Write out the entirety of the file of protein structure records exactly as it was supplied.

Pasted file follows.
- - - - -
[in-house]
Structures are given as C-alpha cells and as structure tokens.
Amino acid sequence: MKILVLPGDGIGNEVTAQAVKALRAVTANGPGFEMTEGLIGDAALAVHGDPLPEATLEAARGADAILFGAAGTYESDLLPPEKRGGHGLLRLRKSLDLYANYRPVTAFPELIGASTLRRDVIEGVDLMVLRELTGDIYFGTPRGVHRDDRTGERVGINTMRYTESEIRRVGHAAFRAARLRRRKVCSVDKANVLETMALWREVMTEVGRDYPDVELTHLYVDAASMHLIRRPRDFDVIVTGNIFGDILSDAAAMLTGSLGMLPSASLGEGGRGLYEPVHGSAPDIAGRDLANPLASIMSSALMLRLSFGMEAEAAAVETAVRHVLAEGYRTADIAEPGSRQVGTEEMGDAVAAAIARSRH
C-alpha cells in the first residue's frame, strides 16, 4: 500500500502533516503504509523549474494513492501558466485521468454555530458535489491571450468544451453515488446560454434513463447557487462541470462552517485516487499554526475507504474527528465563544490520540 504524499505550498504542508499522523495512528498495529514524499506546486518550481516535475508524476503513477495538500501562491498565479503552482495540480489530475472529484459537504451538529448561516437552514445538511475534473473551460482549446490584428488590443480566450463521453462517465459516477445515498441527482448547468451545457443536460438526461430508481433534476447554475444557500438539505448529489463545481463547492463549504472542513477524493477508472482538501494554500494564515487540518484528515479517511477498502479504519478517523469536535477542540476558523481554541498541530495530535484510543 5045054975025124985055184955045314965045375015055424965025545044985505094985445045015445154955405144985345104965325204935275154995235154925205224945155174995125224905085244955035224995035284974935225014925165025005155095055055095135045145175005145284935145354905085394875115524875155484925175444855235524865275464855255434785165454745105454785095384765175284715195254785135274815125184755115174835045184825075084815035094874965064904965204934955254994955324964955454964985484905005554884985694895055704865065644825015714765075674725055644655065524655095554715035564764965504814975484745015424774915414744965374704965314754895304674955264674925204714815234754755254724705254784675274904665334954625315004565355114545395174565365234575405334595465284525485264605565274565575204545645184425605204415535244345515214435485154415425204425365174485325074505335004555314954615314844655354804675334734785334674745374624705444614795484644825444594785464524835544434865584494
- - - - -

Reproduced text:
[in-house]
Structures are given as C-alpha cells and as structure tokens.
Amino acid sequence: MKILVLPGDGIGNEVTAQAVKALRAVTANGPGFEMTEGLIGDAALAVHGDPLPEATLEAARGADAILFGAAGTYESDLLPPEKRGGHGLLRLRKSLDLYANYRPVTAFPELIGASTLRRDVIEGVDLMVLRELTGDIYFGTPRGVHRDDRTGERVGINTMRYTESEIRRVGHAAFRAARLRRRKVCSVDKANVLETMALWREVMTEVGRDYPDVELTHLYVDAASMHLIRRPRDFDVIVTGNIFGDILSDAAAMLTGSLGMLPSASLGEGGRGLYEPVHGSAPDIAGRDLANPLASIMSSALMLRLSFGMEAEAAAVETAVRHVLAEGYRTADIAEPGSRQVGTEEMGDAVAAAIARSRH
C-alpha cells in the first residue's frame, strides 16, 4: 500500500502533516503504509523549474494513492501558466485521468454555530458535489491571450468544451453515488446560454434513463447557487462541470462552517485516487499554526475507504474527528465563544490520540 504524499505550498504542508499522523495512528498495529514524499506546486518550481516535475508524476503513477495538500501562491498565479503552482495540480489530475472529484459537504451538529448561516437552514445538511475534473473551460482549446490584428488590443480566450463521453462517465459516477445515498441527482448547468451545457443536460438526461430508481433534476447554475444557500438539505448529489463545481463547492463549504472542513477524493477508472482538501494554500494564515487540518484528515479517511477498502479504519478517523469536535477542540476558523481554541498541530495530535484510543 5045054975025124985055184955045314965045375015055424965025545044985505094985445045015445154955405144985345104965325204935275154995235154925205224945155174995125224905085244955035224995035284974935225014925165025005155095055055095135045145175005145284935145354905085394875115524875155484925175444855235524865275464855255434785165454745105454785095384765175284715195254785135274815125184755115174835045184825075084815035094874965064904965204934955254994955324964955454964985484905005554884985694895055704865065644825015714765075674725055644655065524655095554715035564764965504814975484745015424774915414744965374704965314754895304674955264674925204714815234754755254724705254784675274904665334954625315004565355114545395174565365234575405334595465284525485264605565274565575204545645184425605204415535244345515214435485154415425204425365174485325074505335004555314954615314844655354804675334734785334674745374624705444614795484644825444594785464524835544434865584494